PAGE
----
Up until recently I have been using Mathematica for my plots. Although it was a real pain and everything had to be done manually, the results where very close to what I wanted. One example is the following:

Mathematica example plot

I really like the grey rounded rectangle in the background of the colorbar. While everything had to be adjusted manually in Mathematica, matplotlib is a lot more automatic and already produced nice results.

Mathematica example plot

But there are still two problems I have:

  1. I don't know how to do a rounded rectangle in the background. I looked at the fancybbox patch but didn't get it to work with the colorbar as I want it to. What is the best way to get something like the Mathematica box? For the legend in plots there seems to be a fancy bbox option... but not for colorbars
  2. When I use the "lesser sign" (<) the label of colorbar moves too far to the right. How can I adjust this (maybe even "in-between" the numbers as in the Mathematica plot)?

I am looking forward to any suggestions pointing in the right direction :).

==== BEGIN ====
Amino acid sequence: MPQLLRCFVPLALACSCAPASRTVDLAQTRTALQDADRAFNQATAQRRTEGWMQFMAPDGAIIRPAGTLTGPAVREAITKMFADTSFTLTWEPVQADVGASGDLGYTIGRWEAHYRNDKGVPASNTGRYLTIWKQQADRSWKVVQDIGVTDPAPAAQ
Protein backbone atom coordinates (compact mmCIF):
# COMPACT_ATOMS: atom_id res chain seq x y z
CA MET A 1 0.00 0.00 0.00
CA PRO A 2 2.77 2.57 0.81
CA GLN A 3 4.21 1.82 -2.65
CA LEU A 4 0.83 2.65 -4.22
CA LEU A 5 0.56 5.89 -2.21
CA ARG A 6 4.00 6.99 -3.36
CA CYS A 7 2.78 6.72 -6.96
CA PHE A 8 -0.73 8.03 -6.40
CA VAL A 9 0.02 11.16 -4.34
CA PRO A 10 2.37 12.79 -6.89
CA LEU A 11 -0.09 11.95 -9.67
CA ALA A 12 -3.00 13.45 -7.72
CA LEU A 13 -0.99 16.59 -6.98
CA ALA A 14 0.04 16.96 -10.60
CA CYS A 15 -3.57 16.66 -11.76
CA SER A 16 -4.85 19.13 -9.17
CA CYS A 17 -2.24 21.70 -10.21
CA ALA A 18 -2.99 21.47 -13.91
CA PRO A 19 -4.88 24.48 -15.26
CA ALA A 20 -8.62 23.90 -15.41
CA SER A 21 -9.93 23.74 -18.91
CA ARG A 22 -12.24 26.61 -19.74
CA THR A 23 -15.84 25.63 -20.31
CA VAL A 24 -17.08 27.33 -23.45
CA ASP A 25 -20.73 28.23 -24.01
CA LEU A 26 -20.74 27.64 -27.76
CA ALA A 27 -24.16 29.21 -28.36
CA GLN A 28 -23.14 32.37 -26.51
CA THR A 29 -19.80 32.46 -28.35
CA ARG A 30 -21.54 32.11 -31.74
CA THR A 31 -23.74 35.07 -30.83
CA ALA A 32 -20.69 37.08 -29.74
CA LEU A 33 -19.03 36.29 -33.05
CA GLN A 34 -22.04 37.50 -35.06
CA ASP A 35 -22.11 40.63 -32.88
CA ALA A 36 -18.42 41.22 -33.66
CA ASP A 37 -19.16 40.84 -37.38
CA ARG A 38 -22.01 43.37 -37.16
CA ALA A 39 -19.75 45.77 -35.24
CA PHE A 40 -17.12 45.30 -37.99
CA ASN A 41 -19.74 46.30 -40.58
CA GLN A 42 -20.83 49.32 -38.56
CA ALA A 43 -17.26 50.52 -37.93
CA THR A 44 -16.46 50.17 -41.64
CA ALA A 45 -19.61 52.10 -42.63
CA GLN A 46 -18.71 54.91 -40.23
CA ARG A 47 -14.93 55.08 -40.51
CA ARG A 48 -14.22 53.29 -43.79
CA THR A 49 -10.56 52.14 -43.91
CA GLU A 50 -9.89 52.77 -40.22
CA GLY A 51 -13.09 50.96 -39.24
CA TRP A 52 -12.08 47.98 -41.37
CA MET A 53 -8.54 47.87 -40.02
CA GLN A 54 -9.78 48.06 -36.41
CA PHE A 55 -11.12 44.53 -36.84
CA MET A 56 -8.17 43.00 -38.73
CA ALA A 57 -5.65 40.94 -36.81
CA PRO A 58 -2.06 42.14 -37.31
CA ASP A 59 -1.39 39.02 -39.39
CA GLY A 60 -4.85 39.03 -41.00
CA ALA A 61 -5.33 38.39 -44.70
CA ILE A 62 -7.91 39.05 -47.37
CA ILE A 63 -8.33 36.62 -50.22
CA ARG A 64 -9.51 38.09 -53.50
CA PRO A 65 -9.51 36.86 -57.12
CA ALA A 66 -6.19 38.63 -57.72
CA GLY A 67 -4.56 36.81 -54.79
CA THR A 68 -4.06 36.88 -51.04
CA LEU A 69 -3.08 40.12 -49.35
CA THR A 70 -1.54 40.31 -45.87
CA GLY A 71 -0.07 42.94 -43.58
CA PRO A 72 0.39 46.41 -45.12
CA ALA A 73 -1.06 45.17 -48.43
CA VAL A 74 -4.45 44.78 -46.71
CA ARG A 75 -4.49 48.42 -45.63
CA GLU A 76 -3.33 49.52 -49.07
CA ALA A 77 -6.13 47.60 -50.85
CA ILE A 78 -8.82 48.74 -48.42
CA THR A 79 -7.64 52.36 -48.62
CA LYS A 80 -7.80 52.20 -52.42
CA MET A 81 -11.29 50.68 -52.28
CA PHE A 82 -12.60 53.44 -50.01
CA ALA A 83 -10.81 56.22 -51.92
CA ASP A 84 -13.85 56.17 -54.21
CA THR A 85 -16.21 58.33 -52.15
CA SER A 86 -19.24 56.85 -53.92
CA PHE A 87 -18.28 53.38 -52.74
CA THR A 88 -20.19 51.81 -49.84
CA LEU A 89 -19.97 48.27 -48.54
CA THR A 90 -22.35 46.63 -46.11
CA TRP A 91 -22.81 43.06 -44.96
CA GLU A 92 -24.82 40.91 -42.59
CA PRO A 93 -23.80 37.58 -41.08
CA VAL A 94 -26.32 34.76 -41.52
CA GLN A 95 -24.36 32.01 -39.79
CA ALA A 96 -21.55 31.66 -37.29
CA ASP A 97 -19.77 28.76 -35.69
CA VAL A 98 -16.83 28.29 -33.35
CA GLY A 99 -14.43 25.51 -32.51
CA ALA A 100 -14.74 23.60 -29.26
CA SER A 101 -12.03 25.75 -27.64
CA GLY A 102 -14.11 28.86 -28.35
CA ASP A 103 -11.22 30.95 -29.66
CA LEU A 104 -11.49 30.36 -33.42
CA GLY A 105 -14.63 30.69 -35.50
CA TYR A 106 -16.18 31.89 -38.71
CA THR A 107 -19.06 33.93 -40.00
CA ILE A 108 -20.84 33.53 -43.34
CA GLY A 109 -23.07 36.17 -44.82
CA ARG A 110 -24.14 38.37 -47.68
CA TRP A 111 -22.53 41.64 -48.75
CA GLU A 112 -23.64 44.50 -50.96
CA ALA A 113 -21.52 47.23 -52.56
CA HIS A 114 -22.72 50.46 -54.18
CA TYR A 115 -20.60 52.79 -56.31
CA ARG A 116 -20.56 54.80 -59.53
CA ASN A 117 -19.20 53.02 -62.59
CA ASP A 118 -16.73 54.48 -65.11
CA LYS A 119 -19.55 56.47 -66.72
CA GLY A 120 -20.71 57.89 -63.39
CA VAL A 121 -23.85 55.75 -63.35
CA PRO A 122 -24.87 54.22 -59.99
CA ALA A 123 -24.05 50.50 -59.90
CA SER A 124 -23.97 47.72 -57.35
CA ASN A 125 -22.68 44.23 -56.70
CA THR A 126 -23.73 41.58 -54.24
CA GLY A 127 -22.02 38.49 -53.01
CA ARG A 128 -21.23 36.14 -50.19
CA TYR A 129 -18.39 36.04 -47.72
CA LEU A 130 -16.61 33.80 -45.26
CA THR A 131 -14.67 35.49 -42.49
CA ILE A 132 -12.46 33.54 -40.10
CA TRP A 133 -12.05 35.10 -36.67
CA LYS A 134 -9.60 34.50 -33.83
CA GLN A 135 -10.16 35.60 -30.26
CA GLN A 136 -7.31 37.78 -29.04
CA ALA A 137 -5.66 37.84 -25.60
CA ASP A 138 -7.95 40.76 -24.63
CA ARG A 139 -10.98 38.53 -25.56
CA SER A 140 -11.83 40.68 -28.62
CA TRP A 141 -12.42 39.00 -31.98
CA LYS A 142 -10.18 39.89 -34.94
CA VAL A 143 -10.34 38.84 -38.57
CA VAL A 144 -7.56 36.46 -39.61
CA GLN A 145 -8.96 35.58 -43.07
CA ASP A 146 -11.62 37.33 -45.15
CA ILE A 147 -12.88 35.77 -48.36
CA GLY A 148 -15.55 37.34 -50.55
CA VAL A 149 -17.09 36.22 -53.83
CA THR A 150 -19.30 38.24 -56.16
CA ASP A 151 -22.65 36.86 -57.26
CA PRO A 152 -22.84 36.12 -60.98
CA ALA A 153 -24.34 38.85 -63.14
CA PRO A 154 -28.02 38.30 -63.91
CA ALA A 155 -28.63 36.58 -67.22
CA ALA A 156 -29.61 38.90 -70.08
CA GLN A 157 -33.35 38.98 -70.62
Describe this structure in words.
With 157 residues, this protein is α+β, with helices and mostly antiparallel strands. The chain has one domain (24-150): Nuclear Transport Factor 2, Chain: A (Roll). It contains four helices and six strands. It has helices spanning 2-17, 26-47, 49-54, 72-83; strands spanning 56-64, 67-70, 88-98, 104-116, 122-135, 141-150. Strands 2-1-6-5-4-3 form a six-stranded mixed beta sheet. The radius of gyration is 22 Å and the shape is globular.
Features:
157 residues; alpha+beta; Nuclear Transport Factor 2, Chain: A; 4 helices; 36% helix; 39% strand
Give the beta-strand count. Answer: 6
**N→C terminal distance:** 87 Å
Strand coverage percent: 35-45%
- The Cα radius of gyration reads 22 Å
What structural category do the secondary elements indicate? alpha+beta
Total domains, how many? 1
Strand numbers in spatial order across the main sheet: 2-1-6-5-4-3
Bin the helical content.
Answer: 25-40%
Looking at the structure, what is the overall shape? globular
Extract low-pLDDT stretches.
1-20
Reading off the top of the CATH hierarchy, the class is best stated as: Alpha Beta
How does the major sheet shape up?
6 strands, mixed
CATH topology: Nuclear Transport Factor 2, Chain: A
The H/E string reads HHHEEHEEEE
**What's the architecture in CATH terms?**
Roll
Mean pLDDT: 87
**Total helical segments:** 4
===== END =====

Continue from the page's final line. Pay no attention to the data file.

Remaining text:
1 Answer 1


To your second question: you can use a negative labelpad value to move the label back towards the ticklabels, like this:

import numpy as np
import matplotlib.pyplot as plt

data = np.linspace(0, 10, num=256).reshape(16,16) 

cf = plt.contourf(data, levels=(0, 2.5, 5, 7.5, 10))
cb = plt.colorbar(cf)

cb.set_ticklabels([r'$<10^{0}$', 1, 2, r'$10^{14}$', r'$10^{14}+12345678$'])
cb.set_label(r'$n_e$ in $m^{-3}$', labelpad=-40, y=0.45)


Using the parameter y, you can additionally move the label up or down for better symmetry.

The argument of labelpad is given in points (1/72 inch). y accepts values in [0, 1], 0.0 is the lower border and 1.0 the upper.

The result:

Script Output

  • 1
    y is not restricted to the interval [0.0, 1.0]. It can take any float/integer. If y > 1.0 the label will be placed above the top of the axis, and if y < 0.0 it will be placed below the bottom of the axis. The axis coordinates are normalized, meaning 0.0 is the "start" and 1.0 the "end" of the axis' extent.
    – sodd
    Aug 24, 2013 at 20:33
  • Just to be clear: the [0, 1] is interval notation, not list notation. Thus this means from 0 to 1, inclusive. This applies both to the answer and the comment above.
    – sodd
    Aug 25, 2013 at 9:31
  • Could you tell me where do you find these parameters like y and labelpad because I did not find them either in documentation or source code?
    – Fei Yao
    Oct 30, 2019 at 17:17
  • I accidentally found that cb.set_label is actually a text and hence y is text properties. Still wondering how to determine more details of **kw found in this page.
    – Fei Yao
    Oct 30, 2019 at 17:29

Your Answer

By clicking “Post Your Answer”, you agree to our terms of service and acknowledge you have read our privacy policy.

Not the answer you're looking for? Browse other questions tagged or ask your own question.